In this build, the Beaglebone’s PRU takes care of interfacing to the UNIBUS backplane, sending everything to a device emulator running as an application. The UniBone can be configured as memory or something boring, but one of these can emulate four RL02 drives, giving a PDP-11 an amazing forty megabytes of storage. The real killer app of this implementation is giving these emulated drives a full complement of glowing buttons for load, ready, fault, and write protect, just like the front of a real RL02 drive. This panel is controlled over the I2C bus on the Beaglebone, and it’s a work of art. Of course, emulating the drive means you can’t use it as the world’s largest thumb drive, but that’s a small price to pay for saving these old computers.

Turning The Beaglebone On A Chip Into A 3D Printer Controller

It’s understood that 3D printers and CNC machines need to control motors, but there are a few other niceties that are always good to have. It would be great if the controller board ran Linux, had support for a nice display, and had some sort of networking. The usual way of going about this is either driving a CNC machine from a desktop, or by adding a Raspberry Pi to a 3D printer.

The best solution to this problem is to just drive everything from a BeagleBone. This will give you Linux, and with a few motor drivers you can have access to the fancy PRUs in the BeagleBone giving you fast precise control. For the last few years, the Replicape has been the board you need to plug a BeagleBone into a few motors. Now, there’s a better, cheaper solution. At the Midwest RepRap Festival this weekend, [Elias Bakken] has unveiled the Revolve, a single board that combines Octavo Systems’ OSD3358 ‘BeagleBone On A Chip’ with silent TMC2130 motor drivers from Trinamic. It’s an all-in-one 3D printer controller board that runs Linux.

The specs for the Revolve are more or less exactly what you would expect for a BeagleBone with a 3D printer controller. The main chip is the Octavo Systems OSB3358, there are six TMC2130 stepper drivers from Trinamic connected directly to the PRUs, 4 GB of eMMC, 4 USB host ports, 10/100 Ethernet, 1080p HDMI out, and enough headers for all the weird and wonderful 3D printers out there. The software is based on Redeem, a daemon that simply turns G-code into spinning motors and switching MOSFETs.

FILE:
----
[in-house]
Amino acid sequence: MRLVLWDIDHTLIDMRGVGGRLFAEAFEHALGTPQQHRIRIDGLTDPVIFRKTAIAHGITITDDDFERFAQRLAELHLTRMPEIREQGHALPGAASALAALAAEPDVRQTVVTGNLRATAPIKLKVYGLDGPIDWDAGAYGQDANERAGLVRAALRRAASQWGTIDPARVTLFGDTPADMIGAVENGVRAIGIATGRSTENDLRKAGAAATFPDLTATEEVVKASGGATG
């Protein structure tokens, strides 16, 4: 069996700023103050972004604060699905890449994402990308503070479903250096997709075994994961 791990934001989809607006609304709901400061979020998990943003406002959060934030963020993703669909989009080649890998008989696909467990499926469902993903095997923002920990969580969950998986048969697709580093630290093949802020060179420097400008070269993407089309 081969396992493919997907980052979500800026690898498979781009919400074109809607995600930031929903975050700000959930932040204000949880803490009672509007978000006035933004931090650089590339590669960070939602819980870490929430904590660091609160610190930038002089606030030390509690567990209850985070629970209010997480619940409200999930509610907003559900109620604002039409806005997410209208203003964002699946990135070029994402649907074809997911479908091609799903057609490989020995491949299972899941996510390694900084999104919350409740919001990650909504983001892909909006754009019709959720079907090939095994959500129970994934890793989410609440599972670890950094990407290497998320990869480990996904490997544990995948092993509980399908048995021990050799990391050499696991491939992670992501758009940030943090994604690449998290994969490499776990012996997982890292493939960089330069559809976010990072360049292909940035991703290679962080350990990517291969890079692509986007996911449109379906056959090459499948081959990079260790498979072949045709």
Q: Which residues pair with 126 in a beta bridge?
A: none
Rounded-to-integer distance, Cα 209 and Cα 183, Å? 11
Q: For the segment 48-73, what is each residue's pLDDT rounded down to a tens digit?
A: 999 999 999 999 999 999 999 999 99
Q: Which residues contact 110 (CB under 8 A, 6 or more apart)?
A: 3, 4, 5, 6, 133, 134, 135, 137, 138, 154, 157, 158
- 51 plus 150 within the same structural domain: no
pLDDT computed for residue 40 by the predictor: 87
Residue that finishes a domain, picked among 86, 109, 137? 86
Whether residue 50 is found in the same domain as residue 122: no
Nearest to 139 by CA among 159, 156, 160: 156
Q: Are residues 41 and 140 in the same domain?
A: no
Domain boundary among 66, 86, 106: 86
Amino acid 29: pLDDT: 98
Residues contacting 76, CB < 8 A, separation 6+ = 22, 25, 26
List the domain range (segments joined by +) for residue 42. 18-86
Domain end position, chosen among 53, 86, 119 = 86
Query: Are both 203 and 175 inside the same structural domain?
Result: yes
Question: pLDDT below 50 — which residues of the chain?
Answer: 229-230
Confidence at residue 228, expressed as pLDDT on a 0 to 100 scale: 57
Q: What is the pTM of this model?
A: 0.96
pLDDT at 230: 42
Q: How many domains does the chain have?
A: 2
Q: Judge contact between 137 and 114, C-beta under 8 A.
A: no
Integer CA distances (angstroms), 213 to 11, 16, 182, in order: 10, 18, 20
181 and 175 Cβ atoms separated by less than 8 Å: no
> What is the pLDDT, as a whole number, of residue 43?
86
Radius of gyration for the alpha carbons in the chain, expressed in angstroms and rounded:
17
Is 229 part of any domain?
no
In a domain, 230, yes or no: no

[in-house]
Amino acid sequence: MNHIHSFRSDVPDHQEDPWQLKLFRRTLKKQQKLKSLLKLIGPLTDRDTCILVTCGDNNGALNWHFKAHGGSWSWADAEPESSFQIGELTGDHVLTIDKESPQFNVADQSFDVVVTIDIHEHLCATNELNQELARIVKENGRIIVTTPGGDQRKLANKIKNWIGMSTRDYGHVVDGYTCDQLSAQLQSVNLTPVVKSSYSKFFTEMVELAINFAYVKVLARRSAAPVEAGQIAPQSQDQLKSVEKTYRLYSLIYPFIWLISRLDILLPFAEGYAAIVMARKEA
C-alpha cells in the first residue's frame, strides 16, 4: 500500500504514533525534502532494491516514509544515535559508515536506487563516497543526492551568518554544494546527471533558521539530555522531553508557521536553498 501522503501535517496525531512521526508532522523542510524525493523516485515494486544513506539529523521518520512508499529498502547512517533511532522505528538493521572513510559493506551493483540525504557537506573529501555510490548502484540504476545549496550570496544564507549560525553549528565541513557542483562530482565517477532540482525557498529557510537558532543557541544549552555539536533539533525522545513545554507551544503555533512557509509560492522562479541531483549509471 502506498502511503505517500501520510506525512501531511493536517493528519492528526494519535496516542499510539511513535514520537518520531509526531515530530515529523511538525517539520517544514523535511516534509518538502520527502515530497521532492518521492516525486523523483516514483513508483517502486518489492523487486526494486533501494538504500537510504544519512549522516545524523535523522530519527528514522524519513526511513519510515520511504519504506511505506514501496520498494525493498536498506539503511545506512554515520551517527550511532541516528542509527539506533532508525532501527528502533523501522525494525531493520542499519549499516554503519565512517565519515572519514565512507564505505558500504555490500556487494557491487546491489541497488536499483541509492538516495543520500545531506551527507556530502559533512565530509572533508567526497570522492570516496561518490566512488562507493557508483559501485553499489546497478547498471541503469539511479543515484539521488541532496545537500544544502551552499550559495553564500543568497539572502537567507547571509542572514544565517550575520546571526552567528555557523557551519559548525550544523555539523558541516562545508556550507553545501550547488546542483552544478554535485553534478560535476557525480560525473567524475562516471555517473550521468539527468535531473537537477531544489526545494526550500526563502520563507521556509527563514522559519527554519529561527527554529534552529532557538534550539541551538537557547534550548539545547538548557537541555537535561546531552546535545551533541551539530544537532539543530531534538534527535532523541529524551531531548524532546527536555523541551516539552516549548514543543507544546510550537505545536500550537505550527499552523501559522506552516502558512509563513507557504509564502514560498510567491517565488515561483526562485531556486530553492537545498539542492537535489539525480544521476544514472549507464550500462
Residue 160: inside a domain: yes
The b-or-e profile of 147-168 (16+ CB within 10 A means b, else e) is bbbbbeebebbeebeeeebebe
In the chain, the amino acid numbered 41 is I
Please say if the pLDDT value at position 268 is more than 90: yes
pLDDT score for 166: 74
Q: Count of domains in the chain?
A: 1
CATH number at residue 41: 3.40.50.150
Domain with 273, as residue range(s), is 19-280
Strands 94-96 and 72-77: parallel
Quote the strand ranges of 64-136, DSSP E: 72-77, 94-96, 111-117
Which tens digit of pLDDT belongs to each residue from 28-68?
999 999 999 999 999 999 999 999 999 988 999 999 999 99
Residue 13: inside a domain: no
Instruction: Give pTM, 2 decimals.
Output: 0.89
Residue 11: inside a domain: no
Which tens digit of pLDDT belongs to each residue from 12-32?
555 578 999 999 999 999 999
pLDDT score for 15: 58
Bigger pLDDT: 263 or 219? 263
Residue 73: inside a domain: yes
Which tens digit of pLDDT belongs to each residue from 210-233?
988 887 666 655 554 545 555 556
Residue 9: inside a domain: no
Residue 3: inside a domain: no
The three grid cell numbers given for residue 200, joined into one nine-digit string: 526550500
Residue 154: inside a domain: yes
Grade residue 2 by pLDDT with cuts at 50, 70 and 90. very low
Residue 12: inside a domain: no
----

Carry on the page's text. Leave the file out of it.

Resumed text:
The price hasn’t been set, but [Elias] expects it to be somewhere north of $100, and a bit south of $150. That’s not bad for a board that effectively does everything from online printer monitoring to real-time motion control. There’s no date for the release of this board, but as with most things involving 3D printer, the best place to check for updates is Google+.

From Cop Car Data Terminal, To Retro Computer

It is possible that you will have lived your life without ever coming into contact with a Motorola MDT9100-T. The data terminal of choice for use in police cars across the globe was a computer with a full-sized QWERTY keyboard, a small CRT display, a mainboard sporting an Intel 386SX processor, and a custom version of Windows 3.1. [Trammell Hudson] and some friends from NYC Resistor scored some MDT9100s in an online auction and found them to be just too good an opportunity not to crack them open and see what could be done.